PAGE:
I am delighted to see a new edition of The Shallows: What the Internet is Doing to Our Brains, featuring a new Afterword about smartphones and social media. On his website, Nicholas Carr explains about this new edition of his controversial book.
My main take-away when I read the book’s first edition, is that material processed through screens goes into a different part of the brain than printed material. Carr cited research showing that some of the liabilities associated with absorbing information on the screen included,
- reduced long-term memory;
- erosion of conceptual and contextual thinking;
- reduced ability to grasp over-arching narratives of meaning (the big picture);
- reduced ability to make connections between different ideas and facts;
- reduced ability to put knowledge into schemas.
Carr shared discoveries from neuroscience showing just why reading off the screen disrupts interconnected thinking. It has to do with the difference between two types of memory.
Part of the brain’s short-term memory includes what is called “working memory.” This is the part of the brain that is filled with the content of our immediate consciousness – whatever we happen to be thinking about at the time. There is debate about how many things the working memory can attend to at any one time, but all agree that its storage capacity is limited. By contrast, the brain’s long-term memory can house an almost unlimited amount of content.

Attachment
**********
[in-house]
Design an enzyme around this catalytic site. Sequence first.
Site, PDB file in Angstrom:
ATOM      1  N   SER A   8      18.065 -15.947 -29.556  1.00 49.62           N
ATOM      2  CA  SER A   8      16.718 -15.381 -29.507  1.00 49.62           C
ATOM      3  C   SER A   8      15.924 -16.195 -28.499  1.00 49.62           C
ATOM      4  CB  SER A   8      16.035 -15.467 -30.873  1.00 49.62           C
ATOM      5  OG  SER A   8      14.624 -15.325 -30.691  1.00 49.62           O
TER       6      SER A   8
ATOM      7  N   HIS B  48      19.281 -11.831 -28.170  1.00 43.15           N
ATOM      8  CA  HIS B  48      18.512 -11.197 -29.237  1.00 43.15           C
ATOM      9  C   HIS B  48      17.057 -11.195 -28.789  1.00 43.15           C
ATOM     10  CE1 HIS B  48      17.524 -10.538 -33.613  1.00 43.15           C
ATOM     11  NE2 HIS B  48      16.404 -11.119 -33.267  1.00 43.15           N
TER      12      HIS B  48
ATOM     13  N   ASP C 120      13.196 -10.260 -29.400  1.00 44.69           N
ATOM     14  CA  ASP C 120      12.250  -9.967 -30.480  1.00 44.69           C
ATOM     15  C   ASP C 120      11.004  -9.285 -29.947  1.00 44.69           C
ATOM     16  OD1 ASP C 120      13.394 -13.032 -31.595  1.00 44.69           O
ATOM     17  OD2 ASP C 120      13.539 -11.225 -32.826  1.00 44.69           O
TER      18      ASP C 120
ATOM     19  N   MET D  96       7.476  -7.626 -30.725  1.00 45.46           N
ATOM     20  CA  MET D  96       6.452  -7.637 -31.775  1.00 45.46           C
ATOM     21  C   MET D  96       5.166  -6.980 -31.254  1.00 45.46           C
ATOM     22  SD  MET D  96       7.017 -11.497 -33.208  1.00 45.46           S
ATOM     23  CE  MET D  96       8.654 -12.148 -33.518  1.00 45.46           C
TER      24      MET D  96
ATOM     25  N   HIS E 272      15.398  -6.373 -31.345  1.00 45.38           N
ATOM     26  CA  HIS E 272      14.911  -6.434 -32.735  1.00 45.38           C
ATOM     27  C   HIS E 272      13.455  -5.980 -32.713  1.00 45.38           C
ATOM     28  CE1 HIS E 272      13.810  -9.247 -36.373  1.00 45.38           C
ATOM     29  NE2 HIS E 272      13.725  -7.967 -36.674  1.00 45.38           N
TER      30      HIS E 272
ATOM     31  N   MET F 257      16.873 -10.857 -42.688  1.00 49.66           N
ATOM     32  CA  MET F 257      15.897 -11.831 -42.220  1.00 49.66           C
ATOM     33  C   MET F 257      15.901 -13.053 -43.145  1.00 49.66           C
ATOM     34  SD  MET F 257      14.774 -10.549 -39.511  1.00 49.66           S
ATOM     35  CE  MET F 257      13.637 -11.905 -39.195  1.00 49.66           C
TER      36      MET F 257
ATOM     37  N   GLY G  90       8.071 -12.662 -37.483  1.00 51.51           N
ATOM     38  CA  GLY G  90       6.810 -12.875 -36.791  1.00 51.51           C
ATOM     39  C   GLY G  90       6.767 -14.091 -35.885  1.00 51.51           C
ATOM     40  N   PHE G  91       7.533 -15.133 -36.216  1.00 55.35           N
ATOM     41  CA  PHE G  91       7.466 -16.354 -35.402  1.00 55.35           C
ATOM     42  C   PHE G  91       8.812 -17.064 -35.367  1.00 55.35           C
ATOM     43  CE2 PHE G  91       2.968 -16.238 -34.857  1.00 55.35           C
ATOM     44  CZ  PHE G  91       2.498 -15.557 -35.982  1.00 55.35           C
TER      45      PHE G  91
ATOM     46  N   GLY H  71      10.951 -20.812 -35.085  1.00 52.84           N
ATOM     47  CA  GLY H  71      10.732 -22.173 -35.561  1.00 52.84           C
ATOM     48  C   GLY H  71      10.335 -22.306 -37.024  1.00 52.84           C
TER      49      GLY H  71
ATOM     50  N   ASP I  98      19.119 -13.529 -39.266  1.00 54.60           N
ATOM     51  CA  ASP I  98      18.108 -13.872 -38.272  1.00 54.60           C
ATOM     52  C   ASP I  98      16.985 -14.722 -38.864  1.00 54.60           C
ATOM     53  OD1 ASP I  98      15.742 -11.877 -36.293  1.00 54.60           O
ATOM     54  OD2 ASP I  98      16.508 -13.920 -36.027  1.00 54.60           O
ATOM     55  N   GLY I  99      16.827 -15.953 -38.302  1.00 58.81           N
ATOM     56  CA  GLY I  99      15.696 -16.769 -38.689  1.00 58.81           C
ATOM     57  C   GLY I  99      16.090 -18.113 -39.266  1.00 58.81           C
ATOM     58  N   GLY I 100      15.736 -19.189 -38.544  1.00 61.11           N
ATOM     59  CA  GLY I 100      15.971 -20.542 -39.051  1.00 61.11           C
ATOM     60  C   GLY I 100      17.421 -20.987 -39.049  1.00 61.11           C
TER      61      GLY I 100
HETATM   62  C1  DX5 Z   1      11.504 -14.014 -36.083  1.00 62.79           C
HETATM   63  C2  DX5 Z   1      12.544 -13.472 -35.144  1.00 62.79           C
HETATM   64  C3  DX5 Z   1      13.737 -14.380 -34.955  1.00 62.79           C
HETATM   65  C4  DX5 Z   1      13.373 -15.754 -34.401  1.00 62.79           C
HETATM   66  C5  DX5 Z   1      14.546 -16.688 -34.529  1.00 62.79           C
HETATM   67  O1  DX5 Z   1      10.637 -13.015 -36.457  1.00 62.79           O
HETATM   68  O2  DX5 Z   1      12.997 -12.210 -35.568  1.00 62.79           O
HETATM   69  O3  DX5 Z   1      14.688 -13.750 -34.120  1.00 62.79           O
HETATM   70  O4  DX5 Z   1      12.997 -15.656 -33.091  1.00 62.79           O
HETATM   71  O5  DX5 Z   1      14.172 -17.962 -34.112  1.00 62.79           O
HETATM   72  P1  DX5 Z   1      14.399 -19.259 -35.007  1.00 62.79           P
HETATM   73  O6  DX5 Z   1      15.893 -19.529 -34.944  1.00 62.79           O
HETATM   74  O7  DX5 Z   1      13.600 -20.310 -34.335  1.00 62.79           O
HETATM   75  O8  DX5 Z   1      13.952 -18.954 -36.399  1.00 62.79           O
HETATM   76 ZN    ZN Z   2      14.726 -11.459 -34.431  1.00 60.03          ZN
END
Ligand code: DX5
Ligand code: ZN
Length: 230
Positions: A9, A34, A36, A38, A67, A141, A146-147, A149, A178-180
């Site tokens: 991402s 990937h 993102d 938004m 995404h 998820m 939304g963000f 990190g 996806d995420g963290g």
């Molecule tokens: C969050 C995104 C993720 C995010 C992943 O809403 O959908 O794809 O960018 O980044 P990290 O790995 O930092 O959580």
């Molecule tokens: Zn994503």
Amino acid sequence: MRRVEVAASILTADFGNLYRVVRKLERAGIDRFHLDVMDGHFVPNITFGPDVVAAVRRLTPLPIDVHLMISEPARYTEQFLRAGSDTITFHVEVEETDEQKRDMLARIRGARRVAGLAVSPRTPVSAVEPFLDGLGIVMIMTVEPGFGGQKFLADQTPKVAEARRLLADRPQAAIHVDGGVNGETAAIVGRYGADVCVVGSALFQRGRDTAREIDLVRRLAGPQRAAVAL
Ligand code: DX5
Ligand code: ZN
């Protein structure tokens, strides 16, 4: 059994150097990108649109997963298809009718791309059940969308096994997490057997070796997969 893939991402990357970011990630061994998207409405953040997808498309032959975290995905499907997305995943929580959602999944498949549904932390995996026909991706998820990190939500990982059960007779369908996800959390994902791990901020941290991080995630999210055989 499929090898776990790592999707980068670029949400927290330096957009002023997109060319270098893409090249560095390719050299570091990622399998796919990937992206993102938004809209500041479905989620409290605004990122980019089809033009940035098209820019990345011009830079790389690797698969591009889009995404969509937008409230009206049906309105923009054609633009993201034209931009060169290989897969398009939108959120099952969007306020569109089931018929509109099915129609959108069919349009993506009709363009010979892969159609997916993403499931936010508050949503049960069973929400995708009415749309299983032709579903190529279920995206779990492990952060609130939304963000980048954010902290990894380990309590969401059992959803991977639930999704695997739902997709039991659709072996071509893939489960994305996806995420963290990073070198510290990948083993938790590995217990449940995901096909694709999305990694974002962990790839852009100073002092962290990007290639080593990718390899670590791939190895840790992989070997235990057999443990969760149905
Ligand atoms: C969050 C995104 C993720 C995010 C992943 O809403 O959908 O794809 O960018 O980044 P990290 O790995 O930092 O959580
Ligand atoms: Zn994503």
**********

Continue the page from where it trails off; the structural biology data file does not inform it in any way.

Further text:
Information flows from the working memory to the long-term memory all the time. Suppose you are going about your day and you see a particularly beautiful horse. As you look at the horse, it fills your working memory. If, a year later, you remember the horse, then you are retrieving the thought or image of the horse from the long-term memory and putting it back into the working memory, where it had been when originally perceived.
Crucially, the long-term memory is not just a collection of random facts, images, or thoughts. Rather, the long-term memory stores information within structures that are called schemas. These schemas enable our long-term memories to become interconnected into larger architectures of meaning. It is often when we sleep that the brain organizes and reorganizes material from the long-term memory into schemas. Matthew Guyan called these schemas “organizational frameworks of storage (like filing cabinets).” These organizational structures in the brain enable knowledge not simply to be retained (and therefore available for retrieval into the short-term memory) but enable knowledge to be converted into intelligence and understanding. Schemas also enable individuals to make connections, to perceive patterns and narrative instead of disconnected particulars. Ultimately, schemas are important for the acquisition of wisdom. “The depth of our intelligence hinges on our ability to transfer information from working memory to long-term memory and weave it into conceptual schemas..” (The Shallows, p. 124)